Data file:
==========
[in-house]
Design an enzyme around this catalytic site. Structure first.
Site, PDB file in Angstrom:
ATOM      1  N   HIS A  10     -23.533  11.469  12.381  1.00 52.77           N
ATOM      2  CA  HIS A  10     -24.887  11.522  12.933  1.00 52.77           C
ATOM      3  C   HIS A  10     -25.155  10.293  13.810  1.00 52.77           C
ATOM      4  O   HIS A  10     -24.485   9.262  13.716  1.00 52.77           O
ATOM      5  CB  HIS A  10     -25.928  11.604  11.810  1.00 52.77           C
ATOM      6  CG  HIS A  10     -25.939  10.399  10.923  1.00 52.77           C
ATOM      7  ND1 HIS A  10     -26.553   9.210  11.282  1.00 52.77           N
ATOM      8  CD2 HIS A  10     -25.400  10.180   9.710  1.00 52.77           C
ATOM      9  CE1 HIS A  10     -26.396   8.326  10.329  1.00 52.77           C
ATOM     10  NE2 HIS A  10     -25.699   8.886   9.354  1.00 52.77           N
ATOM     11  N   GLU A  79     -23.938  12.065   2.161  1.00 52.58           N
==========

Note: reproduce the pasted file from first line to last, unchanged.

[in-house]
Design an enzyme around this catalytic site. Structure first.
Site, PDB file in Angstrom:
ATOM      1  N   HIS A  10     -23.533  11.469  12.381  1.00 52.77           N
ATOM      2  CA  HIS A  10     -24.887  11.522  12.933  1.00 52.77           C
ATOM      3  C   HIS A  10     -25.155  10.293  13.810  1.00 52.77           C
ATOM      4  O   HIS A  10     -24.485   9.262  13.716  1.00 52.77           O
ATOM      5  CB  HIS A  10     -25.928  11.604  11.810  1.00 52.77           C
ATOM      6  CG  HIS A  10     -25.939  10.399  10.923  1.00 52.77           C
ATOM      7  ND1 HIS A  10     -26.553   9.210  11.282  1.00 52.77           N
ATOM      8  CD2 HIS A  10     -25.400  10.180   9.710  1.00 52.77           C
ATOM      9  CE1 HIS A  10     -26.396   8.326  10.329  1.00 52.77           C
ATOM     10  NE2 HIS A  10     -25.699   8.886   9.354  1.00 52.77           N
ATOM     11  N   GLU A  79     -23.938  12.065   2.161  1.00 52.58           N